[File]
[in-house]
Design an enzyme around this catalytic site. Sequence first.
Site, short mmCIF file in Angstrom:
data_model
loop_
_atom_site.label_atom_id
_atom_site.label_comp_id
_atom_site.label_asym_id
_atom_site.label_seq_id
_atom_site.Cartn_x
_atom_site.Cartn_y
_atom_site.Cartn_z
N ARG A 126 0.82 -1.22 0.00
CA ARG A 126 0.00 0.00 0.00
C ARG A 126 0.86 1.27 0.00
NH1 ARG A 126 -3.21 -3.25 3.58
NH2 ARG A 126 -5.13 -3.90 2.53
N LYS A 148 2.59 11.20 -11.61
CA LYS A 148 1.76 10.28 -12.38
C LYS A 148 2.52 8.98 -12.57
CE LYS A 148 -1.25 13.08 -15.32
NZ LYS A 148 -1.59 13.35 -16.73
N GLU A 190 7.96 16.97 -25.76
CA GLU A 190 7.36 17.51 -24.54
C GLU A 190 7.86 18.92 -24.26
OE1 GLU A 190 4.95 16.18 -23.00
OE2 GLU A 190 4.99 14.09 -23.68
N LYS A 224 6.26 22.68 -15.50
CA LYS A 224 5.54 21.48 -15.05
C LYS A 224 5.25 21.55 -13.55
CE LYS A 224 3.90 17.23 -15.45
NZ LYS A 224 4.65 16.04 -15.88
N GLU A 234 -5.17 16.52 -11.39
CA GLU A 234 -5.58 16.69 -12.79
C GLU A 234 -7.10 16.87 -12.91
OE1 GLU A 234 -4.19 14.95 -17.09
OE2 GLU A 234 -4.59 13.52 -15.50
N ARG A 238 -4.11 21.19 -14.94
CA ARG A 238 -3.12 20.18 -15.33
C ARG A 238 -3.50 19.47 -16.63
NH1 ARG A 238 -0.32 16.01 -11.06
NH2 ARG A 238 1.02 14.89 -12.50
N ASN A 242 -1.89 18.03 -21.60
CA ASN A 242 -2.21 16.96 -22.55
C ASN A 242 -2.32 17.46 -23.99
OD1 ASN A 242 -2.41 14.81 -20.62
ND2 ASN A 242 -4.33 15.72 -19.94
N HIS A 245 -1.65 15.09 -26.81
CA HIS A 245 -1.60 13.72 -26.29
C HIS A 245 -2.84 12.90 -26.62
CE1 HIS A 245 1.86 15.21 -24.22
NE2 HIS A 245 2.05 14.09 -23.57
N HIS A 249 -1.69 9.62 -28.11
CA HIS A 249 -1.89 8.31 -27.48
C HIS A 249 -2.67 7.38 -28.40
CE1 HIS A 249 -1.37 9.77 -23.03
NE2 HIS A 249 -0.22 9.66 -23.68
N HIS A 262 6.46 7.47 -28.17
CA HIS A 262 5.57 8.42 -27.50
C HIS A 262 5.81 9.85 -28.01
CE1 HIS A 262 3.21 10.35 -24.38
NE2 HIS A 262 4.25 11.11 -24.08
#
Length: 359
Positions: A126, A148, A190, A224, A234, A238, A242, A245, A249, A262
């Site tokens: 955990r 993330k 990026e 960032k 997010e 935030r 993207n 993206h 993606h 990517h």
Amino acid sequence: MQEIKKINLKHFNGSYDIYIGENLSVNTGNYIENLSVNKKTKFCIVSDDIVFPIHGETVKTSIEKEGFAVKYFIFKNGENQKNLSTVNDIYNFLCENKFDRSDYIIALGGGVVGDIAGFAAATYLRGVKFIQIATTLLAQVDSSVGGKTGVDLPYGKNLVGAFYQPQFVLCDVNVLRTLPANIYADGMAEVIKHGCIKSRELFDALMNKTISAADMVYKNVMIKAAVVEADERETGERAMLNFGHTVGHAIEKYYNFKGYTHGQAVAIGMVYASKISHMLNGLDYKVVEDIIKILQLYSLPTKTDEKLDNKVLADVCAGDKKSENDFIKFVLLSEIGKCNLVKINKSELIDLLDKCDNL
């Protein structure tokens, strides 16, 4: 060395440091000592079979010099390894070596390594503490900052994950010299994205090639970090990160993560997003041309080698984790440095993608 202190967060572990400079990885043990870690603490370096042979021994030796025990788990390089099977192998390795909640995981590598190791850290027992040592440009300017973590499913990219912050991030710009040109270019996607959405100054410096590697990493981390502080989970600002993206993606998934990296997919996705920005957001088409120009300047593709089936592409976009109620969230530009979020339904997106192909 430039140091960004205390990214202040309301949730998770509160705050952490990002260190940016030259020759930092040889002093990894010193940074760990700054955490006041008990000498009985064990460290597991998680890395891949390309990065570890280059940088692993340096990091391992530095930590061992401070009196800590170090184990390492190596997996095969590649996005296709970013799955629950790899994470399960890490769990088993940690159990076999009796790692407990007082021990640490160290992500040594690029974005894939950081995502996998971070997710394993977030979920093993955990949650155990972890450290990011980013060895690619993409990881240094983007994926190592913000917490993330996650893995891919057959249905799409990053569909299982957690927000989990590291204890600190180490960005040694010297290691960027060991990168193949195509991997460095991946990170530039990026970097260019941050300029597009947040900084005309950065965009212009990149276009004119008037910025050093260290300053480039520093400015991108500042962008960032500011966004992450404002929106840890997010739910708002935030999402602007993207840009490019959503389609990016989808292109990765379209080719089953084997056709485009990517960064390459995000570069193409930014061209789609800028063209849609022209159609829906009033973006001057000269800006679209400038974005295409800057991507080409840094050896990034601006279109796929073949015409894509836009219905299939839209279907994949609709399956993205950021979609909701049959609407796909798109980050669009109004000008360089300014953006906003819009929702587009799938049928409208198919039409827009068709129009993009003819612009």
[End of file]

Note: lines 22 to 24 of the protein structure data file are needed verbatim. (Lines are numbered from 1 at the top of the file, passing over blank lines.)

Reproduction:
NZ LYS A 148 -1.59 13.35 -16.73
N GLU A 190 7.96 16.97 -25.76
CA GLU A 190 7.36 17.51 -24.54